NEW MUSIC TUESDAY | Composer Massimo Lauricella's "Sirene"

The prizewinning violin duo is performed here by the Alea Duo



The Italian composer won first prize at Austria's Styrian Tone Arts String Duo & Trio Composition Competition with this violin duo "Sirene"(Mermaids).

"'Sirene' is a piece in a single movement that bases its expressiveness on the aspects that, in the Homeric poem, describe the Mermaids: their seductive singing and the fleeting and elusive aspect of these mythological creatures," Massimo told The Violin Channel.

"The piece is composed of three parts in which a single theme is proposed with two different characters. In the first part, the theme presents itself together with a rapid swirl created through arpeggios that shorten and lengthen, overlapping the two violins.

"In the second part, the two violins play using only the tremolo technique. The theme is presented as the upper part of the tremolos that harmonize it, but without giving up the aspect of restlessness and uncertainty. This central part is abruptly interrupted by a resume of the first part that will lead to the conclusion, disappearing in a very sharp and luminous register.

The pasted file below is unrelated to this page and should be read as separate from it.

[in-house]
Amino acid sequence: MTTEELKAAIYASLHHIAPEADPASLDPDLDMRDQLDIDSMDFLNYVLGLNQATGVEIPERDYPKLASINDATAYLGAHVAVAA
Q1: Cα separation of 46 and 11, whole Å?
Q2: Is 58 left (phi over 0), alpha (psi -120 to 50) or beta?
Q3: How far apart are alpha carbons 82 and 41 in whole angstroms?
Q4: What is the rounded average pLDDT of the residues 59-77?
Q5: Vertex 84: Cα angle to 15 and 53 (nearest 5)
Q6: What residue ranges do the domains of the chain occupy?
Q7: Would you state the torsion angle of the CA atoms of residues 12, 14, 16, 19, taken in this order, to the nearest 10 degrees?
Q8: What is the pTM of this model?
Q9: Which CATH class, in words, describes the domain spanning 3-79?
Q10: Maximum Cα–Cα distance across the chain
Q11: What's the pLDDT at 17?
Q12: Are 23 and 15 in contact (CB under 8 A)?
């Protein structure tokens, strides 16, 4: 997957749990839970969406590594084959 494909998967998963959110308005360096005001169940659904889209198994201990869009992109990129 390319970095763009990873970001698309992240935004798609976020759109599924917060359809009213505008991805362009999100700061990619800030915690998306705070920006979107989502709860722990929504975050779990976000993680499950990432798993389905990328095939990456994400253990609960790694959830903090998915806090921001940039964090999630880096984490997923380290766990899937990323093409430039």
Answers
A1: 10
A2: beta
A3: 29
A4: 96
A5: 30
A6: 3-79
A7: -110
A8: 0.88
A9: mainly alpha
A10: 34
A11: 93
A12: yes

"The piece was born without a specific purpose: as often happens (at least in my compositional activity) a new idea arises spontaneously and the work "Sirene" came to my mind at a particularly sweet moment in my life. In fact, this is a decidedly different piece from what I could define my “personal poetics” which, usually, does not move around tonality and consonance.

"But music cannot be predicted, just as our feelings cannot be predicted: after all, a composer is based precisely on them.
The Graz competition was another opportunity to make this work known and, luckily for me, it was appreciated.

"Since the piece is dedicated to the sweetest aspect of Sirens, to their seductive singing, to their being of vibrant beauty, I hope that the listeners can bring with them a feeling of pleasant mental excitement and, at the same time, the evocation of an ancestral and imaginary beauty."